At the beginning of the new Mission Impossible movie, a team of well-dressed intelligence agents meet to address a serious danger to the country’s safety. Their foe is described as a “godless, stateless enemy” that is both “ubiquitous and elusive”, a “conscious, adaptable, and deceitful digital intruder.” You can’t help but feel disappointed when you realize that Tom Cruise’s newest opponent is actually an advanced computer program. How can there be an action movie without a physical antagonist? Hans Gruber would be outraged.
Experienced Cruise enthusiasts, however, will understand not to worry. In the previous summer, Top Gun: Maverick successfully executed a similar tactic, encompassing all the elements of a thrilling action film except for one: there was no clear antagonist. Similar to the original film, “the enemy” remained an ambiguous nation state, with only a small group of anonymous fighter pilots appearing as targets for our protagonists towards the climax.
More is yet to come. The upcoming dystopian drama, The Creator, starring John David Washington, follows the mission to save humanity from a dangerous AI. Additionally, Ridley Scott’s Napoleon is set to be a thrilling epic that delves into the warlord’s explosive love affair with Empress Josephine, played by Vanessa Kirby, rather than his enemies.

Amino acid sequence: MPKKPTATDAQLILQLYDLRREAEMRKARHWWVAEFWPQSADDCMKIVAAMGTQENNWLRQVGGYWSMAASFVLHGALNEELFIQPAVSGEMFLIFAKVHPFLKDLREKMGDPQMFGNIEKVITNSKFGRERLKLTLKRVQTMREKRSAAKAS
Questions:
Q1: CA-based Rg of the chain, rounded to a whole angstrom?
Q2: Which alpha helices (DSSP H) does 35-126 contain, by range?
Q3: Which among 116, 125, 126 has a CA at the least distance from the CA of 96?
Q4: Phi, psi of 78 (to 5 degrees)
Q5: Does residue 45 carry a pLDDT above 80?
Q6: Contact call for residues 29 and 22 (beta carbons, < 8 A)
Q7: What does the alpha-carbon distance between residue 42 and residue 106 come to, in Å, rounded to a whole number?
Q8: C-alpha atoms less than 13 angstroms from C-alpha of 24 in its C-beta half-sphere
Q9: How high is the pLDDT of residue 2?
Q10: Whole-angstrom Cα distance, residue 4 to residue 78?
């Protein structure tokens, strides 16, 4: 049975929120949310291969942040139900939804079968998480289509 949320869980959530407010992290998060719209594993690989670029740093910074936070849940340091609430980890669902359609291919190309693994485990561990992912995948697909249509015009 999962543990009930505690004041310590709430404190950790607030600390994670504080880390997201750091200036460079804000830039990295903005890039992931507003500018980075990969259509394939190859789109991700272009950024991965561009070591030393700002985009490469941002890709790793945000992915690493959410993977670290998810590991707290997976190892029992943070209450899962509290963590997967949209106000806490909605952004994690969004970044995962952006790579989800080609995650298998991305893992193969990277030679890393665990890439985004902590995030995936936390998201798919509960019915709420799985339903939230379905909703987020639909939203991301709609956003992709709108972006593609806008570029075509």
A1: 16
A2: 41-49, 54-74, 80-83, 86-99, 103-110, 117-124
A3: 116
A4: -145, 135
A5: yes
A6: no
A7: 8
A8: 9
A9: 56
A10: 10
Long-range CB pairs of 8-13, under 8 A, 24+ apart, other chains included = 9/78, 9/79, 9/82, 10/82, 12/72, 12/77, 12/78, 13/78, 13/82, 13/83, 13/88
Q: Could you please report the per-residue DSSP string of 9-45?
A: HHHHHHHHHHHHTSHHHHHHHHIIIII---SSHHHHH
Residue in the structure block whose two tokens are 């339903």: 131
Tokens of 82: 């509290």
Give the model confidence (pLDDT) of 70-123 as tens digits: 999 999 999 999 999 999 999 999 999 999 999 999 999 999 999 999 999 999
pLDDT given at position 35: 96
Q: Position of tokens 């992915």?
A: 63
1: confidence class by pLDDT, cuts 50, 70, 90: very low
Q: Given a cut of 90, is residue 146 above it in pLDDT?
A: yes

The film industry in Hollywood is currently showing a decrease in its tendency to portray aggression. Both Barbie and Oppenheimer, despite being vastly different characters, share the common trait of not having a strong antagonist. In the case of Oppenheimer, there is a slight attempt at introducing Robert Downey Jr as a villain towards the end, but his character falls short. Similarly, Ryan Gosling’s Ken lacks any real villainous qualities and is more of a comical character than a true antagonist.
Maybe these movies are too intellectual to create a completely flat antagonist. However, the Fast and the Furious series – the current leader in mindless entertainment – is equally at fault here. It has a tendency to introduce each new villain already primed to join our beloved group of misfits, with all conflicts resolved over a cold beer in the end.
A comparable tactic of portraying good as bad was utilized in last year’s hit film, Everything Everywhere All at Once. This kung-fu adventure follows a heroine who must confront an otherworldly thief that happens to be her own rebellious daughter. Spoiler alert: the conflict is resolved with a heartfelt embrace.
Are audiences no longer interested in over-the-top supervillains? Luckily, that is not the case. The Marvel and DC films continue to feature a generic, evil adversary in each installment. This trend also applies to big-budget fantasy movies like Avatar, Dune, and Dungeons & Dragons. And it seems that Bond villains are here to stay.